Chapter 11. Security & Privacy

If it weren’t for that darned internet, personal computing would be a lot of fun. After all, it’s the internet that lets all those socially stunted hackers enter our machines, unleashing their viruses, setting up remote hacking tools, feeding us spyware, trying to trick us out of our credit card numbers, and otherwise making our lives an endless troubleshooting session. It sure would be nice if they’d cultivate some other hobbies.

In the meantime, these lowlifes are doing astronomical damage to businesses and individuals around the world—along the lines of $100 billion a year (the cost to fight viruses, spyware, and spam).

Microsoft has been making Windows steadily more secure for years. Evil strangers will still do all they can to make your life miserable, but they’ll have a much, much harder time succeeding.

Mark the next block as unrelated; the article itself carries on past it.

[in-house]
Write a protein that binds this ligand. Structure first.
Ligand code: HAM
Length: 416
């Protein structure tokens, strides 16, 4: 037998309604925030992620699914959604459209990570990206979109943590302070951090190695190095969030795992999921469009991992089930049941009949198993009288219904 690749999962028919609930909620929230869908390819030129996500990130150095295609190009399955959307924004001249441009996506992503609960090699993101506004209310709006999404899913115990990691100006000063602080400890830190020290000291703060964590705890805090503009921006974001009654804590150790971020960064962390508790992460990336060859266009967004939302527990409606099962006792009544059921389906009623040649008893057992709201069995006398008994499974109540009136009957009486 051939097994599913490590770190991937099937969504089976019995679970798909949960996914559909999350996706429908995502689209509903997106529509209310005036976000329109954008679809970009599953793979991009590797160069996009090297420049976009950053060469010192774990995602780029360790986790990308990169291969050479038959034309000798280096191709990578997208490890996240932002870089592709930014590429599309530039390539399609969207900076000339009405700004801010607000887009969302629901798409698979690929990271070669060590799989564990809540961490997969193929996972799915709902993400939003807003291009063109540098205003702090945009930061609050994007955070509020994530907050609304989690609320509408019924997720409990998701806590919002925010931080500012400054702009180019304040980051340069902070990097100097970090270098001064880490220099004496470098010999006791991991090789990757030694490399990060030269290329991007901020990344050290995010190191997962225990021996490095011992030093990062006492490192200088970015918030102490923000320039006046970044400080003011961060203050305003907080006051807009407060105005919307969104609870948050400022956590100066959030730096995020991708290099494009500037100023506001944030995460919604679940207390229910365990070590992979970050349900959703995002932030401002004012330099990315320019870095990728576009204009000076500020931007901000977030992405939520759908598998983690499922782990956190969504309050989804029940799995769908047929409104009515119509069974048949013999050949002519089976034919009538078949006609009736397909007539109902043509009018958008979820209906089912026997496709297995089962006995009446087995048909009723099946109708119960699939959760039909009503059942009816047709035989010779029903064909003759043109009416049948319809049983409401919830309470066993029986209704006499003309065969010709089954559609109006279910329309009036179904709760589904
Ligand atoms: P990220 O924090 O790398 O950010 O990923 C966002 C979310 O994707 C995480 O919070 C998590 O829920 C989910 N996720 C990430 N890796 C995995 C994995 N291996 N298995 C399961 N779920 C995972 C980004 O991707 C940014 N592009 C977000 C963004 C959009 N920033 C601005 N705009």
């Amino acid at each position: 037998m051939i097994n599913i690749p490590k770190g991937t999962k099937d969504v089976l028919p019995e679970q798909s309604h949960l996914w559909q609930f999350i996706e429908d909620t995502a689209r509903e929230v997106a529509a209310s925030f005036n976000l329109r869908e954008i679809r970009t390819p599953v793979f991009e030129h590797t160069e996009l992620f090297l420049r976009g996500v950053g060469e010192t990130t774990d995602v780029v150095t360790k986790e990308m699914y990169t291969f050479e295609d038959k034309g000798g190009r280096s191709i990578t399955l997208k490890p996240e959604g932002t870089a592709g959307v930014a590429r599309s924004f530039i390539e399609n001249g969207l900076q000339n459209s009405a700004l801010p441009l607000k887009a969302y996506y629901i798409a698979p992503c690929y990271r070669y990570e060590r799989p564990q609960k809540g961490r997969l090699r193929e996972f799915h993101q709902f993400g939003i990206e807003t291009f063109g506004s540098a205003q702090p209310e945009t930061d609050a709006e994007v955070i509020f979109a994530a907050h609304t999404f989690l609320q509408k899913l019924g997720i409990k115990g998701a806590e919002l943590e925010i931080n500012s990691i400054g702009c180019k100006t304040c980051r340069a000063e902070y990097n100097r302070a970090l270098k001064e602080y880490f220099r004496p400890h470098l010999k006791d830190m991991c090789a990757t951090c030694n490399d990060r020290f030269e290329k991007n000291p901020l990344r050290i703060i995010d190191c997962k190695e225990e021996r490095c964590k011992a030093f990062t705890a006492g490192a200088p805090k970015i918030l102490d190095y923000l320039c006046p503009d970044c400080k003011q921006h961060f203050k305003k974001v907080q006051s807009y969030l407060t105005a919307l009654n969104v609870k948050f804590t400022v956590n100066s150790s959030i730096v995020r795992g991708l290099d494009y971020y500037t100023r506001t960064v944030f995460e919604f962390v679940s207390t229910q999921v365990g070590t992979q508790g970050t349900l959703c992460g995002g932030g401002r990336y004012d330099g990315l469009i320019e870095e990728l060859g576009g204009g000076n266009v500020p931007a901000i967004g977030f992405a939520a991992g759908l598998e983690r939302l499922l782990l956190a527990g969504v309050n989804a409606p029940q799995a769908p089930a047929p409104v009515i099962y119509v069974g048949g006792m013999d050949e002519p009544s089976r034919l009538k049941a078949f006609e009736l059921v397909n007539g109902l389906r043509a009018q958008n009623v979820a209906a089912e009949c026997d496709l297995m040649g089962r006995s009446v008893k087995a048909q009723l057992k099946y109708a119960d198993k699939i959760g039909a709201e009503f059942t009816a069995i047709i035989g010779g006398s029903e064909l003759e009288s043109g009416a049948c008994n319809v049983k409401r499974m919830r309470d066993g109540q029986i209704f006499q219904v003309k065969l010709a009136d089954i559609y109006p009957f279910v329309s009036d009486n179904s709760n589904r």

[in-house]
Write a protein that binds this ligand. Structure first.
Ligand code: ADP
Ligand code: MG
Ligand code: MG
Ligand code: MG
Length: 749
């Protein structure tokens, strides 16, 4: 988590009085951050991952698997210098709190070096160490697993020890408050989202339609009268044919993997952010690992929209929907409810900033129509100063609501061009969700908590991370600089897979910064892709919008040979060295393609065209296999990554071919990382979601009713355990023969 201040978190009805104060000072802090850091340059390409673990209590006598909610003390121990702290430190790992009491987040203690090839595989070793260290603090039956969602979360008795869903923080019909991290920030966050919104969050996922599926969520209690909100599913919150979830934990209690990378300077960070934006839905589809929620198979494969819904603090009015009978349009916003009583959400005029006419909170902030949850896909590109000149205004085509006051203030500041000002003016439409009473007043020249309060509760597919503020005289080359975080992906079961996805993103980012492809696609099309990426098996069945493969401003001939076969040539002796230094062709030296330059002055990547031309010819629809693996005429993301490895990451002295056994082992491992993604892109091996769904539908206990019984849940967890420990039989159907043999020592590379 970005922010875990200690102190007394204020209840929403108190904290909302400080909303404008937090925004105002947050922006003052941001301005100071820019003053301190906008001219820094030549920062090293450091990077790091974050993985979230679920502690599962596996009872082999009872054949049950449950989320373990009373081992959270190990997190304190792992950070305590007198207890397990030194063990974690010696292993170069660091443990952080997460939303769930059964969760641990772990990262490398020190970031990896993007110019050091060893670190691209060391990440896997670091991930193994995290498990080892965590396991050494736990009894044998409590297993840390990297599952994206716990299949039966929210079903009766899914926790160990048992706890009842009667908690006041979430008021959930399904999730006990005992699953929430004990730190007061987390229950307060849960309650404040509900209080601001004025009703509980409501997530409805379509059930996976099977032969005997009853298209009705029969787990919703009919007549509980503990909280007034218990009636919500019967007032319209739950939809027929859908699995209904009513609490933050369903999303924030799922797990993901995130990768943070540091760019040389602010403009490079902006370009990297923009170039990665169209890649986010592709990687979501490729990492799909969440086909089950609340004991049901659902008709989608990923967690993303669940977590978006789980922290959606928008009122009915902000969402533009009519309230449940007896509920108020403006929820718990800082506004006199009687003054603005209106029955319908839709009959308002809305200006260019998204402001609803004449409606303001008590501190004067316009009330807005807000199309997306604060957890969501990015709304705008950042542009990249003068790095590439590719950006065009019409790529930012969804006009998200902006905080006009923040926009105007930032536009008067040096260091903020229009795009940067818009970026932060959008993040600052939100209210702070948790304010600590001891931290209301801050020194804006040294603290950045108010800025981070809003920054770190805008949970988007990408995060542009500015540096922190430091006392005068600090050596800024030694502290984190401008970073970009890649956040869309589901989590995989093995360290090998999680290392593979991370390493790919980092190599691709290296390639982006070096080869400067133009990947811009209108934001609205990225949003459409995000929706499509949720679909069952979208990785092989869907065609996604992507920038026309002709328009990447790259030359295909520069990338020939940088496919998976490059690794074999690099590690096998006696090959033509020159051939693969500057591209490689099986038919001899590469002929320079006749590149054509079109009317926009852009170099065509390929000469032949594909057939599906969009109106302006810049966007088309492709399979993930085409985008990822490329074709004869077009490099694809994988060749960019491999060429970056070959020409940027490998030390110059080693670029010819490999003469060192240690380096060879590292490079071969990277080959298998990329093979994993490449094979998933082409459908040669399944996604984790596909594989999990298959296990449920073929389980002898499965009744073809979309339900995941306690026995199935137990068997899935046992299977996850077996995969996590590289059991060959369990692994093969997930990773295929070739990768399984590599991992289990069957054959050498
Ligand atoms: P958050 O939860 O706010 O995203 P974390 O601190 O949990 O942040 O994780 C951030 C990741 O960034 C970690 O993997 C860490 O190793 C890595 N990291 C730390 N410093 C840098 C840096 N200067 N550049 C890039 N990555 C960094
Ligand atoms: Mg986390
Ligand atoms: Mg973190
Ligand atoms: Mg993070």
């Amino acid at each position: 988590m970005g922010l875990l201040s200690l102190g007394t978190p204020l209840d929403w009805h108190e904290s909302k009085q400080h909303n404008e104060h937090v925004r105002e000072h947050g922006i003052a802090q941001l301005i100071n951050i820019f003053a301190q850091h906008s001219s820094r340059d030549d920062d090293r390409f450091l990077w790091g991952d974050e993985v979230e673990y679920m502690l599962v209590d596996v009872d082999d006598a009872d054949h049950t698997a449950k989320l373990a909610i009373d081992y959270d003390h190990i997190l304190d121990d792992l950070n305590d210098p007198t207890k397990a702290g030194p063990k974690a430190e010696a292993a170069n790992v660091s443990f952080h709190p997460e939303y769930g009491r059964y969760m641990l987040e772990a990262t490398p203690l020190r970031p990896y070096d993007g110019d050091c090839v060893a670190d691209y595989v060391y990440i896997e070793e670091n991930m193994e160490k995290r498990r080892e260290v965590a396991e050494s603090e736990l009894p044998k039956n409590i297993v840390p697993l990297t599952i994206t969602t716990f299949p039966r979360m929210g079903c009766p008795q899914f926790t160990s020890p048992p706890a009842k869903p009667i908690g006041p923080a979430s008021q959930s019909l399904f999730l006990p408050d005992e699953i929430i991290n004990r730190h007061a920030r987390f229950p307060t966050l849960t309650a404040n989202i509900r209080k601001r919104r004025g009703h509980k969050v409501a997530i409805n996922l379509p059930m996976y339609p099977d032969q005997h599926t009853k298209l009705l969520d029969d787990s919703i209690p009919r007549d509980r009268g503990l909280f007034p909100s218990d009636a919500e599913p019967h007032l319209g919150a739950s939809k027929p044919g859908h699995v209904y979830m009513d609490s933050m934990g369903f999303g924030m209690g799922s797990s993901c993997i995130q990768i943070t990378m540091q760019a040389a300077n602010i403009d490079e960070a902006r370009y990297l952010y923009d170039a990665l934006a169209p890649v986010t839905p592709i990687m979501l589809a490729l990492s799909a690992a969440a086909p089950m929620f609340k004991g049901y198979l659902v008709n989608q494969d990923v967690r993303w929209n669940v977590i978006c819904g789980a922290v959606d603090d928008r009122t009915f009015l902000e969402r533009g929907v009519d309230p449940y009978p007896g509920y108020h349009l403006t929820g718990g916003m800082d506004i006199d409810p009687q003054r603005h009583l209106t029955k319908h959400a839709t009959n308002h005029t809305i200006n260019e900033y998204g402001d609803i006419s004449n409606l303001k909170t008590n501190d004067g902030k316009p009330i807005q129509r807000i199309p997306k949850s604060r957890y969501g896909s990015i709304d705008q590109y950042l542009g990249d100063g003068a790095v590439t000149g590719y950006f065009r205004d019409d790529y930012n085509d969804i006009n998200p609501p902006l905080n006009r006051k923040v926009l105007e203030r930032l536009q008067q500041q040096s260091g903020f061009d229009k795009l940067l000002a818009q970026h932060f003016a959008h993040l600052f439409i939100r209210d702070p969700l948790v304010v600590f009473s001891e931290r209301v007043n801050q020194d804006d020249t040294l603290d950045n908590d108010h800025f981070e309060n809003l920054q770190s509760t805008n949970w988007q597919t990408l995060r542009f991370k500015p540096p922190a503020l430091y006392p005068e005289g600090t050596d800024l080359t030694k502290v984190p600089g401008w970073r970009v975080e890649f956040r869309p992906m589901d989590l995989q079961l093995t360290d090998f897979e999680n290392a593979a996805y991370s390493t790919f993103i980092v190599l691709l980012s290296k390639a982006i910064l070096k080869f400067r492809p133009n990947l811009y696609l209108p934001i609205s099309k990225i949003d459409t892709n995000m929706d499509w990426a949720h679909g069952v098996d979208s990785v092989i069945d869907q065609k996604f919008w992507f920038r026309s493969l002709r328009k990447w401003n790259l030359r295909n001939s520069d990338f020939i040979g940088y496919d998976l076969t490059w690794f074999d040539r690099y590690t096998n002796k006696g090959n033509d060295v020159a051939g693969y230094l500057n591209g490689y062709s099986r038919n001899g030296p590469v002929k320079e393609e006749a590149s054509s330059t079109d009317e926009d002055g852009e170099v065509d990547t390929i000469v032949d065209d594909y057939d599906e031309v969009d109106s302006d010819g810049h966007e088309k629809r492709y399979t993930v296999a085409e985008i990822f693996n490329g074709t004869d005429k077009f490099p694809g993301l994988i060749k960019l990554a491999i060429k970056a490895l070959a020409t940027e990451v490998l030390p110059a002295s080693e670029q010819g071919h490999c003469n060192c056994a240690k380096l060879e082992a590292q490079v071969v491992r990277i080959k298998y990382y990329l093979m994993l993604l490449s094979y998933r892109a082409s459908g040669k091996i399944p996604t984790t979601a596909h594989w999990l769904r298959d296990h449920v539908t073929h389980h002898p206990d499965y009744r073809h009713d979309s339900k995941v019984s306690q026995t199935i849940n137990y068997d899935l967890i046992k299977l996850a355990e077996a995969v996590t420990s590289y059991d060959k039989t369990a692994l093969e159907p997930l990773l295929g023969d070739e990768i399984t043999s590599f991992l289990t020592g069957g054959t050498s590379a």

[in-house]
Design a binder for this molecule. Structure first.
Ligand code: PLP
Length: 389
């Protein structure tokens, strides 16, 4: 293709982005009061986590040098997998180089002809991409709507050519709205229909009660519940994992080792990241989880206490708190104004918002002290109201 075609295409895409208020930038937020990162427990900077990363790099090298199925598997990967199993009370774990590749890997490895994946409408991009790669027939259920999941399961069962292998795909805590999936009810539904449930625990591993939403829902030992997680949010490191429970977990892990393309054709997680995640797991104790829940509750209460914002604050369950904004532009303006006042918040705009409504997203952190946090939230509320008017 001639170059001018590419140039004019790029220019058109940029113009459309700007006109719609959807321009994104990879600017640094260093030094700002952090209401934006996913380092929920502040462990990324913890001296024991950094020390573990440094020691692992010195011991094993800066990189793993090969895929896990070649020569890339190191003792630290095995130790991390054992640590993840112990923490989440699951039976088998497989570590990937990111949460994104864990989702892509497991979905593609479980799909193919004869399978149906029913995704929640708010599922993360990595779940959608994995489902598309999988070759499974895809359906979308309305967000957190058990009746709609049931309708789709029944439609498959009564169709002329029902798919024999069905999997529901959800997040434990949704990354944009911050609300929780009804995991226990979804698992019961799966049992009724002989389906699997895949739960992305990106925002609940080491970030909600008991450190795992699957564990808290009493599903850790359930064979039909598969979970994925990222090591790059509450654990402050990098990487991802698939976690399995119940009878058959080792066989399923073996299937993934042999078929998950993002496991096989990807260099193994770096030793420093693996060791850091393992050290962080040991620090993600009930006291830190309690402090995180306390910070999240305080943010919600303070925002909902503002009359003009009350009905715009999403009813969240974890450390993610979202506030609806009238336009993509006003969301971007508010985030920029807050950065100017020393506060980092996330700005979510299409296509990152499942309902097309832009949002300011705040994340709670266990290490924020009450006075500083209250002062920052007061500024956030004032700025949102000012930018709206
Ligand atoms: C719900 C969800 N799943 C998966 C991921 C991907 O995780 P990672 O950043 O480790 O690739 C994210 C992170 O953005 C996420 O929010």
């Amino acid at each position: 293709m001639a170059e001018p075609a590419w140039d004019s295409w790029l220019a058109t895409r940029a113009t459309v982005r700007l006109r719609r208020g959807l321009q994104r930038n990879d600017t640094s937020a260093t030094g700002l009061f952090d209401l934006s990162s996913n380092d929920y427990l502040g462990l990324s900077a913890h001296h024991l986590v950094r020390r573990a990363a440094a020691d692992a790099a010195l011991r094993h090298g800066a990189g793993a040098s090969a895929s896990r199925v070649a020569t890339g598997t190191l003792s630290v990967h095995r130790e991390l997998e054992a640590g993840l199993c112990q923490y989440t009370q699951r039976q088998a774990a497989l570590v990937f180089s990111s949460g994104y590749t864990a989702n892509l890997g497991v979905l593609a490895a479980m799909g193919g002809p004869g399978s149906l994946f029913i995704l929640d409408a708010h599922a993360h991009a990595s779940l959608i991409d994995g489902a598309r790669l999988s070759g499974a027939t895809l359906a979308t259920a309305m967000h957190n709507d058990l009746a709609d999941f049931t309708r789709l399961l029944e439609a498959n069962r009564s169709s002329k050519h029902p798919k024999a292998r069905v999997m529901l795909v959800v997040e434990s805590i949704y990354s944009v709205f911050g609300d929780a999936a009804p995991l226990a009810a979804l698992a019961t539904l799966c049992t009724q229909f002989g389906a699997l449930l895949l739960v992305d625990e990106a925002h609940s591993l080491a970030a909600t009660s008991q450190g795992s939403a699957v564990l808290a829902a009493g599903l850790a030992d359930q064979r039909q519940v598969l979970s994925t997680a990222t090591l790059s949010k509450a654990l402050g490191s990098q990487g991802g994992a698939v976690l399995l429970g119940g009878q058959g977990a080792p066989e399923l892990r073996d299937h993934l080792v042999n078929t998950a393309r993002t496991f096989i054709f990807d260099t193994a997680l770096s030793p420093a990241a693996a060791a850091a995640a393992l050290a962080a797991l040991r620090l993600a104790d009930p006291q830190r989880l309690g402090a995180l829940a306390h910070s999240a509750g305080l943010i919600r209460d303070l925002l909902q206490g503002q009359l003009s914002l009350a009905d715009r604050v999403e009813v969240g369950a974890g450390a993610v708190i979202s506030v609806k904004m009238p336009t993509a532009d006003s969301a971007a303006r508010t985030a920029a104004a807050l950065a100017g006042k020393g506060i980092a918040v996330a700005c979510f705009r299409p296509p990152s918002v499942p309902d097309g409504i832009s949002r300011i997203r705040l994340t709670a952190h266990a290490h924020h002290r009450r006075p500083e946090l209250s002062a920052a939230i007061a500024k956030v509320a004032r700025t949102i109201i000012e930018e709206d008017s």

Most of Windows’ self-protection features have to do with internet threats—because, in fact, virtually all the infectious unpleasantness that can befall a PC these days comes from the internet. A PC that never goes online probably won’t get infected. So this chapter covers many features of Windows 10’s browser, Edge (covered in more detail in Chapter 9).

Lots of Windows’ security improvements are invisible to you. They’re deep in the plumbing, with no buttons or controls to show you. If you’re scoring at home, they include features with names like application isolation, service hardening, Protected Mode, Network Access Protection, PatchGuard, ...

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